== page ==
Warehouse clubs often offer giant packages at low prices, although toilet paper and paper towels can sometimes be cheaper if you get them on sale elsewhere, so compare prices. This is another item you don’t have to worry about going bad before you use it all.
You’re probably going to shop around before you plunk down a thousand bucks for the gigantic 4K TV. When you’re shopping, consider more than price. Some warehouse clubs have better warranties. Also, check the club website as well as the brick-and-mortar store. There will sometimes be a price difference between the two.
It’s worth checking out your warehouse club’s prices for car rentals, hotels and travel in general. Costco and BJ’s offer travel deals through their websites. Prices and deals vary, but it’s worth the extra couple of minutes it takes to compare their prices with those of travel sites.
11. Financial services
Some warehouse chains can help you get a mortgage or various types of insurance. There are far too many variables involved in such purchases to make blanket statements about whether it would be a good deal, but it never hurts to check.
The selection of colors and sizes is a lot more limited than you’ll find at a department store. But if you find something you like that fits, the price will often be better.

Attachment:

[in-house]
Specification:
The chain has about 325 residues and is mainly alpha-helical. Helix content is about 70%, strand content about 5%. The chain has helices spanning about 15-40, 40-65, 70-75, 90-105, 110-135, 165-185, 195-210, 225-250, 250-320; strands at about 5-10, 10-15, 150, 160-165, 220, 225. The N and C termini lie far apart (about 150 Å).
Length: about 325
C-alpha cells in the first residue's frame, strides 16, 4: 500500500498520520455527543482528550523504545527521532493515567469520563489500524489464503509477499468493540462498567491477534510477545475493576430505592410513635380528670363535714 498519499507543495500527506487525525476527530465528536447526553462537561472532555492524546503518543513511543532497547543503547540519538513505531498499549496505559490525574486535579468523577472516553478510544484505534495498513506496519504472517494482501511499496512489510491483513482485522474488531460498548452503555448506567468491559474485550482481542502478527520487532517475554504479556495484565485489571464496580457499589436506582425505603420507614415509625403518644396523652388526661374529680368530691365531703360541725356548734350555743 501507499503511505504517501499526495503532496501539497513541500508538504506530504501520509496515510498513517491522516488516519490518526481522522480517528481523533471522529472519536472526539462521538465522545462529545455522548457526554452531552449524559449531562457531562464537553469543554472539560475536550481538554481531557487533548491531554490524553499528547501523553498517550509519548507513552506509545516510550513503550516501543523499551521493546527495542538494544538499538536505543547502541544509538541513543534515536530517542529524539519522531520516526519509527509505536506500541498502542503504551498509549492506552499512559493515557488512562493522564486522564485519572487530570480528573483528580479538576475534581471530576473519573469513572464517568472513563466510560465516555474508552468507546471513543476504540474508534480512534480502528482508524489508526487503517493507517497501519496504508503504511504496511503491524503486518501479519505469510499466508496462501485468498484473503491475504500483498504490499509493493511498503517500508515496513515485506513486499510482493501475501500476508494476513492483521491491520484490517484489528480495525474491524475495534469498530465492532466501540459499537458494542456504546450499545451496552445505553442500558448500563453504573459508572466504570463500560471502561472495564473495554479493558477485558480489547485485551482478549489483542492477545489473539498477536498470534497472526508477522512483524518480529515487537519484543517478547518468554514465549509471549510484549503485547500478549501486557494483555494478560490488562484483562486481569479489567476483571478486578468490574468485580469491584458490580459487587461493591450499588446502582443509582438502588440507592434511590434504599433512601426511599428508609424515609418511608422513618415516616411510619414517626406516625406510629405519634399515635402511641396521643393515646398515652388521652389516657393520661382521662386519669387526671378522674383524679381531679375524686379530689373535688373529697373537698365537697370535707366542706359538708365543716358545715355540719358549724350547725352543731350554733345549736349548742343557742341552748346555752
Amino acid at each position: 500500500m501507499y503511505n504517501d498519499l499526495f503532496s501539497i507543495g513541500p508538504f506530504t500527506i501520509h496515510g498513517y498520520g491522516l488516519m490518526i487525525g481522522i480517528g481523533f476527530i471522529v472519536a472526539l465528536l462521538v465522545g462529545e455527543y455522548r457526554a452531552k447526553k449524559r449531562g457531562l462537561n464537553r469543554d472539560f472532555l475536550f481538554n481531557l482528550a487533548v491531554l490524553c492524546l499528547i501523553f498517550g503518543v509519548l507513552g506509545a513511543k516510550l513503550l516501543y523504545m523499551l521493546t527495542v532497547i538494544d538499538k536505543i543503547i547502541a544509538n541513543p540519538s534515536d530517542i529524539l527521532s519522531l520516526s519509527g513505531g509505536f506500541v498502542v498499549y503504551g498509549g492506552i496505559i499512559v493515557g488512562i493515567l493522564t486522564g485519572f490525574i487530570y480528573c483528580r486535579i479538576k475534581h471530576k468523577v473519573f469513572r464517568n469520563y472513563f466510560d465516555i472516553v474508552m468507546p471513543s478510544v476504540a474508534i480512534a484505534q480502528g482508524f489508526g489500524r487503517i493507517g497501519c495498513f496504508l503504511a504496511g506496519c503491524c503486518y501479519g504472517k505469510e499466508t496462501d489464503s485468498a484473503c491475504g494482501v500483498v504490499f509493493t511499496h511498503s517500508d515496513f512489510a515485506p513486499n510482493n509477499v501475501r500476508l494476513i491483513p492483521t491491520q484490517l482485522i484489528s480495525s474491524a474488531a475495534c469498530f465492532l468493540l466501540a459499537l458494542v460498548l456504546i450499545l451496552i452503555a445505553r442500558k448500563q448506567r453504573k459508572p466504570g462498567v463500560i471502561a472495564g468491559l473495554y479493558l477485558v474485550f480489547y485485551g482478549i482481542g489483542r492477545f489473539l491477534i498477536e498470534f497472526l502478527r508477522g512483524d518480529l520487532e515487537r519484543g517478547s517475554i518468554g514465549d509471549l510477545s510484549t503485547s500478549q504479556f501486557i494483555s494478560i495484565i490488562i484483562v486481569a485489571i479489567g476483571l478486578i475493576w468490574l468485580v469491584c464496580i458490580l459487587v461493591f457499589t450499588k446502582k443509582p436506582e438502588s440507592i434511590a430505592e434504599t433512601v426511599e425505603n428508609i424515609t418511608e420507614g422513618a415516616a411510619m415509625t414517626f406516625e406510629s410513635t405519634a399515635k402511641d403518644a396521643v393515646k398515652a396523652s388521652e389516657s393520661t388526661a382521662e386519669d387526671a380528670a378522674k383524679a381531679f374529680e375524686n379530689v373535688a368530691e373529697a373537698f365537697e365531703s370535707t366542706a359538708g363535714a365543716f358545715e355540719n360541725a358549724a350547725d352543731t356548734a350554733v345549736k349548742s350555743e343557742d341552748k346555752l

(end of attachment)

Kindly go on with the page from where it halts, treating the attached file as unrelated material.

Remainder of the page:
13. Plastic bags
Everything from full-sized trash bags all the way down to sandwich bags will come at a lower price at a wholesale club, at least if you stick to generic brands. And you won’t have to worry about them spoiling before you can use them all.
14. Pet supplies
Dog and cat food can be cheap at your club, but be wary of the package size and any expiration dates — pet food can go bad. Chew toys for dogs as well as rawhide bones and dog biscuits are often cheaper than at the pet store, too.
Other things, like cat litter, can be considerably cheaper and obviously won’t go bad before you can use them up.
Milk can be super cheap at a warehouse club. The downside is you might have to buy two gallon-size containers at once, so make sure you’ll use all of it before the expiration date.
Cheese can also be a good buy, along with eggs.
16. Organic produce
This is another of those things that can be cheap but is often offered in large quantities at warehouse stores. If you won’t use all of it before it goes bad, maybe a friend or family member is willing to split the cost and the big package of organic produce with you.
Meats, both regular and organic, can be a great deal at warehouse clubs.
Freeze what you won’t use right away, and it will last for a long time.
The per-pound prices for beans can be less than half what a grocery store charges, let alone a coffee shop. K-cups also tend to be a bargain at wholesale clubs. Just make sure you’ll use whatever you buy before it becomes stale.
For more ways to save money at your favorite warehouse store, check out:
- “8 Ways to Squeeze the Most From Your Costco Membership”
- “7 Clever Ways to Save Money at Sam’s Club”
- “7 Ways to Save at BJ’s Wholesale Club”
What did we miss? Let us know in the comments below or on our Facebook page.